"There is absolutely no substitute for a pure beeswax polish. It is the very best way to look after and preserve the finish on your furniture"
We have found the majority of furniture polishes and wax polishes available to all of us contain a very poor amount of beeswax, many will also contain petroleum based white spirit, perfumes, oils and some have water in them to make an emulsion paste.
These types of polishes should be avoided. It is likely that some of these polishes will cause harm to the patinated finish and in the long term will require professional restoration and conservation to the finish.
Spray polishes should also be completely avoided. We understand why they are used as time is precious to all of us. They provide a very quick result with one spray and wipe. Manufacturers of these polishes understand this and promote their products with convincing marketing telling us that there is real goodness in them. How can there be? It’s a liquid chemical spray. We do know that they can be extremely harmful to the finish of period and modern furniture. Some of these spray polishes state that they are silicone free and contain beeswax. I am sure this may be true, but how much solid beeswax can be forced into a pressurised liquid suspension that can be of any benefit to the furniture is beyond our understanding.
We have witnessed over the past 25 years that the repeated use of spray polishes will lead to a number of problems and not just to the surface appearance:
If applied to matt or satin finished furniture it will quite quickly change the finish to a gloss which is not reversible
Many of our customers will talk about furniture polish recipes that have been either handed down to them by relatives or recommended to use by friends or they have seen on the internet.
We would strongly advise NOT to use any of these recipes. In most cases a single application can be very harmful to the finish.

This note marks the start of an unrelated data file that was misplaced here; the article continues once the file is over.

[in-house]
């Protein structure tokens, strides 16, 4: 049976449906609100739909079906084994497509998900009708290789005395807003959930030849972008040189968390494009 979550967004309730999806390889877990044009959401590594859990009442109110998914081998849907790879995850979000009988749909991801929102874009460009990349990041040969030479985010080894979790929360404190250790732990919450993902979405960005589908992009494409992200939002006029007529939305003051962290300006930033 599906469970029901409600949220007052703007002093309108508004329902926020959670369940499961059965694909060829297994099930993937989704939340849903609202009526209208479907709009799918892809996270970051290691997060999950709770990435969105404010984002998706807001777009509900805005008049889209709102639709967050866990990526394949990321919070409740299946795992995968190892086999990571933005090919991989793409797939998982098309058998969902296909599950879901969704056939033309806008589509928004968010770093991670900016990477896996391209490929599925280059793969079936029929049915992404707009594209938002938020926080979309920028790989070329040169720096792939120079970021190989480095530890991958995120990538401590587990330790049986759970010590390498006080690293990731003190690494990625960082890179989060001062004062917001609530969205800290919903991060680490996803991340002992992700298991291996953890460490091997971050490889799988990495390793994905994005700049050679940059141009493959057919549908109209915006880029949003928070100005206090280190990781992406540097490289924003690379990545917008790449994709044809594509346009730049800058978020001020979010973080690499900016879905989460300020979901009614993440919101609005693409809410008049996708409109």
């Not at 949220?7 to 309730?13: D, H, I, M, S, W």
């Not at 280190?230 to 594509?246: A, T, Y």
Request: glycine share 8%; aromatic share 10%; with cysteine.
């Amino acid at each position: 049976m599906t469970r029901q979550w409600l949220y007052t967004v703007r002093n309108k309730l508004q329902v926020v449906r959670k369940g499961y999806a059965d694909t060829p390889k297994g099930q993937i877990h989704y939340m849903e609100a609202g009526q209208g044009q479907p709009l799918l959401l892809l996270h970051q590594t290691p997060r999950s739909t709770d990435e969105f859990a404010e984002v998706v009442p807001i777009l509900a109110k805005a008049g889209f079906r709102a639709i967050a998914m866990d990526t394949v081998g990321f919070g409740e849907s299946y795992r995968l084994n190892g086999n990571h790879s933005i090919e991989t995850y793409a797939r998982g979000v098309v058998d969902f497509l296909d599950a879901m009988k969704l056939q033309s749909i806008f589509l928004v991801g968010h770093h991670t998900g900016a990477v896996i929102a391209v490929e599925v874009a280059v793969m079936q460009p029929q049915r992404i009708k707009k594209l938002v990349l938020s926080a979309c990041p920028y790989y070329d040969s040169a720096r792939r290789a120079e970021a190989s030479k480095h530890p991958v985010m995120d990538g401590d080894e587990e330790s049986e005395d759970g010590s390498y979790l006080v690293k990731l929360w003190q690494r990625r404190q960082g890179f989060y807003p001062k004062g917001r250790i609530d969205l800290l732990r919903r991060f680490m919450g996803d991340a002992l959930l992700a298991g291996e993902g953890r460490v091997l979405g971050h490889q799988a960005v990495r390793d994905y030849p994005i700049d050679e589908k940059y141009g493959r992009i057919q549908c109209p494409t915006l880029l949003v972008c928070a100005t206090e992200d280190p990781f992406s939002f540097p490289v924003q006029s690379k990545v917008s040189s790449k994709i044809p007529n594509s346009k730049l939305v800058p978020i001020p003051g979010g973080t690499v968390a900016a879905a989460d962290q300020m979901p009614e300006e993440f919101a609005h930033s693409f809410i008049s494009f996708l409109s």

For example the most common we’ve known is : Olive oil, Vinegar, White Spirit and Lemon juice.
Olive Oil - Using any oils, be it nut or vegetable is in effect creating a ‘new’ finish on top of your furniture’s existing polish. It gives the finish a new wet look, which on antiques, I would most strongly advise against. You are changing the centuries old finish. It can very quickly creep under the finish and cause a visual oil slick under the surface. Don’t do it!
Vinegar - (Acetic Acid) Used as an acidic natural cleaner. I actually don’t think there is much harm in using vinegar as a cleaner. We would use a mild soapy water solution to clean particularly dirty furniture. We would advise against regular use as it is an acid and this may accelerate the breakdown of an antique finish.
White Spirit - A product of the crude oil industry. It has, and is widely used in the wood finishing world. It is very effective at cleaning the surface of old french polished finishes and is unlikely to cause any harm if used once in a while. However, used on its own or on older waxed only finishes (17thC and earlier) it will very likely dull and soften the finish and this is why the homemade recipes include a ‘re-coating’ element such as olive oil, linseed oil etc..
Lemon again is acidic and is well known as a natural cleaner. However I think in this instance it used more for its pleasant clean aroma. (again it is acidic)
Other ingredients we have known to be used are: Washing up liquid, Toothpaste, Mayonnaise, Ash from the fire, Tea bags and *Methylated Spirit.
* Methylated Spirit - I have read many online recipes that swear by using meths DON”T DO IT!
Meths is the solvent of french polish. If left to lie on the surface it will dissolve the majority of antique finishes if. It’s one step away from pouring paint stripper on your furniture. I am not exaggerating.
HARD WAX OIL POLISHES
These are relatively new products to the wood finishing market. And I think they are fantastic. They are made from a blend of natural oils and beeswax. Oils and beeswax have been used for centuries individually but of recent times companies have been blending them to create a lovely natural protective finish.